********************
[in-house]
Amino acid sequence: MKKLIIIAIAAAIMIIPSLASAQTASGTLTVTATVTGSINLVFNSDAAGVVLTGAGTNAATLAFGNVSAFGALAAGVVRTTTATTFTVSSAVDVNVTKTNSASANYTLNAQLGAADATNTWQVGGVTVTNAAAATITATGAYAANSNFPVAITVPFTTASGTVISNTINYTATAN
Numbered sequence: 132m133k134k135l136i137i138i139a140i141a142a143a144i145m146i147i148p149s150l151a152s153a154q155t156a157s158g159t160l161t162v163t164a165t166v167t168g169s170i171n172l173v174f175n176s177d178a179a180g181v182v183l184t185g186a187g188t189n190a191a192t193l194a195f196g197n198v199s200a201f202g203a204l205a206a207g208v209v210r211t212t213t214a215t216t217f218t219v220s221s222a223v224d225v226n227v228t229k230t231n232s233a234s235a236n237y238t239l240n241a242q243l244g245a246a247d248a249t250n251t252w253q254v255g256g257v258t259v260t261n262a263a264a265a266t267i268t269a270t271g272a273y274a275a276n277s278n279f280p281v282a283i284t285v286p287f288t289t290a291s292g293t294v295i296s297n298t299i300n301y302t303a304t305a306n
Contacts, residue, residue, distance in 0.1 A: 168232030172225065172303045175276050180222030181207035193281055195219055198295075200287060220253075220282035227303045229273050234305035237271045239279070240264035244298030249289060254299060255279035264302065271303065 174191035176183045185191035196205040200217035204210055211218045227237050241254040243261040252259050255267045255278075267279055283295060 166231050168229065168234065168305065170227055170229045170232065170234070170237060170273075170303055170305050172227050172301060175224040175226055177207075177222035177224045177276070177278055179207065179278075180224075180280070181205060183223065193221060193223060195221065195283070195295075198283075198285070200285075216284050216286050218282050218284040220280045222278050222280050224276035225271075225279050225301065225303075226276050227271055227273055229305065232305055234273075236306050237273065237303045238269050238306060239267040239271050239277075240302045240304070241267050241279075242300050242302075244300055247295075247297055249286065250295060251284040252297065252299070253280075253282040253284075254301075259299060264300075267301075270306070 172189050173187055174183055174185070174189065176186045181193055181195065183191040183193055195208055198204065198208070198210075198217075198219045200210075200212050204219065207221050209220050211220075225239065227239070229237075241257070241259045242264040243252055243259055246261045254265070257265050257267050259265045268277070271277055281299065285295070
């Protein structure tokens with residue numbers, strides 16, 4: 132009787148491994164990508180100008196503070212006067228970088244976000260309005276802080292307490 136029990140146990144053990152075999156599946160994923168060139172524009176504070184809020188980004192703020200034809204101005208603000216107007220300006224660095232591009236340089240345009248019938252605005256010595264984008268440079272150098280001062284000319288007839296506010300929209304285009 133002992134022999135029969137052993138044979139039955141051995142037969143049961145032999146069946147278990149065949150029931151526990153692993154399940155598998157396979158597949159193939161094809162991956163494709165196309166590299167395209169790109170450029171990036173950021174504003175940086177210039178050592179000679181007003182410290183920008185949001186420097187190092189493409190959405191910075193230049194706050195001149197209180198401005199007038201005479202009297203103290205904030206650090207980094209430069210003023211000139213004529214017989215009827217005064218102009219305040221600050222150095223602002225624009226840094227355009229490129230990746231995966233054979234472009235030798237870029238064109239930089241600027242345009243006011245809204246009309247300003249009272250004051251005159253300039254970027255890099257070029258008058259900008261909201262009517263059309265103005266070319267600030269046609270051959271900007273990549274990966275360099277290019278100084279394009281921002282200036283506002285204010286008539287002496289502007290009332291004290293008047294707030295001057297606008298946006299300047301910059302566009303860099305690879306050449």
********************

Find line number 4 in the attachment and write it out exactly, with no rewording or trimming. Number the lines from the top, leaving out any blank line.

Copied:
Contacts, residue, residue, distance in 0.1 A: 168232030172225065172303045175276050180222030181207035193281055195219055198295075200287060220253075220282035227303045229273050234305035237271045239279070240264035244298030249289060254299060255279035264302065271303065 174191035176183045185191035196205040200217035204210055211218045227237050241254040243261040252259050255267045255278075267279055283295060 166231050168229065168234065168305065170227055170229045170232065170234070170237060170273075170303055170305050172227050172301060175224040175226055177207075177222035177224045177276070177278055179207065179278075180224075180280070181205060183223065193221060193223060195221065195283070195295075198283075198285070200285075216284050216286050218282050218284040220280045222278050222280050224276035225271075225279050225301065225303075226276050227271055227273055229305065232305055234273075236306050237273065237303045238269050238306060239267040239271050239277075240302045240304070241267050241279075242300050242302075244300055247295075247297055249286065250295060251284040252297065252299070253280075253282040253284075254301075259299060264300075267301075270306070 172189050173187055174183055174185070174189065176186045181193055181195065183191040183193055195208055198204065198208070198210075198217075198219045200210075200212050204219065207221050209220050211220075225239065227239070229237075241257070241259045242264040243252055243259055246261045254265070257265050257267050259265045268277070271277055281299065285295070